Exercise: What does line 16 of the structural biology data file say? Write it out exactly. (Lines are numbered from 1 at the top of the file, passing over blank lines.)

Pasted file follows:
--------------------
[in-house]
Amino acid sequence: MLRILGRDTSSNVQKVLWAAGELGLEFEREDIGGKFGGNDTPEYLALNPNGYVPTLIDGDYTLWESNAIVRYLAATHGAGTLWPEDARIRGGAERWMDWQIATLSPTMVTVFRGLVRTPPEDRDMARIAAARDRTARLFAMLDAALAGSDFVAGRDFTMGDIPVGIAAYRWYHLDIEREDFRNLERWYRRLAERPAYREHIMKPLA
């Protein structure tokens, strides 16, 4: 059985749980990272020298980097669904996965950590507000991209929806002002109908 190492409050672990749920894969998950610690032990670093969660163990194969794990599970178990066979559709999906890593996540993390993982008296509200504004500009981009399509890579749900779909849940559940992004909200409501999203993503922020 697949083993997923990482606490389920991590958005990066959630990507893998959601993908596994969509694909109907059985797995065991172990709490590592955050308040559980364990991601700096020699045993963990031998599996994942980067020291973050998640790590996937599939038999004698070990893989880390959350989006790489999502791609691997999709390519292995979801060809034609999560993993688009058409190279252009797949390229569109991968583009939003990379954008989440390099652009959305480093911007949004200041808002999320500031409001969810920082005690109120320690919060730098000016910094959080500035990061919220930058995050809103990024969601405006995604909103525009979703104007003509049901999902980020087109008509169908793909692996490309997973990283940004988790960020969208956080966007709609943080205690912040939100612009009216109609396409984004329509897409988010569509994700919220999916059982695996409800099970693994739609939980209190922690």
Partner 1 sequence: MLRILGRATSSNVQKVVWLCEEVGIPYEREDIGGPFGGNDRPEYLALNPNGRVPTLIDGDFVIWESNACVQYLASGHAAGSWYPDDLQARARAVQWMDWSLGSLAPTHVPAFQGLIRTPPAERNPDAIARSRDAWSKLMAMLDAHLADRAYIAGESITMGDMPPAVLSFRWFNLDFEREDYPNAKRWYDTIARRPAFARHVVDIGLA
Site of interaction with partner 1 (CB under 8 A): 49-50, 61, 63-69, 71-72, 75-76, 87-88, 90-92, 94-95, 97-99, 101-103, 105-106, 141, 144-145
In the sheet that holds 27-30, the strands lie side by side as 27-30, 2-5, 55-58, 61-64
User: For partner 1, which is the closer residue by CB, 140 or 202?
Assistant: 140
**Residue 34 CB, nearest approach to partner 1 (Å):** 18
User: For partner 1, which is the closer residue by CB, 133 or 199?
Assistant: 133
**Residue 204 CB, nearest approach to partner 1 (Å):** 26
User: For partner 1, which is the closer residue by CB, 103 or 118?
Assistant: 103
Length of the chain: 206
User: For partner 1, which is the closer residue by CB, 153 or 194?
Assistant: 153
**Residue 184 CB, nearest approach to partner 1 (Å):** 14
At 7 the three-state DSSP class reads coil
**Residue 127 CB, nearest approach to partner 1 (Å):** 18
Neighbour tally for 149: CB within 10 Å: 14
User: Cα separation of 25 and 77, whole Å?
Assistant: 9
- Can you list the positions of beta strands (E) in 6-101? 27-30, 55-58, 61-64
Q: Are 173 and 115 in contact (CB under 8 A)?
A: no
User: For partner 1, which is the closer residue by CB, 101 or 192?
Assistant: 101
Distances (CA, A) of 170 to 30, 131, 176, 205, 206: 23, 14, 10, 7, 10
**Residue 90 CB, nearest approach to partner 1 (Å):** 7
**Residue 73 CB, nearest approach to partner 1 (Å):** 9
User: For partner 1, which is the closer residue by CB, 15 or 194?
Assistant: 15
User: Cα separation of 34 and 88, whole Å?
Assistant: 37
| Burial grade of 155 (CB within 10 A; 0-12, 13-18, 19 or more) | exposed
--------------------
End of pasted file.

User: For partner 1, which is the closer residue by CB, 153 or 194?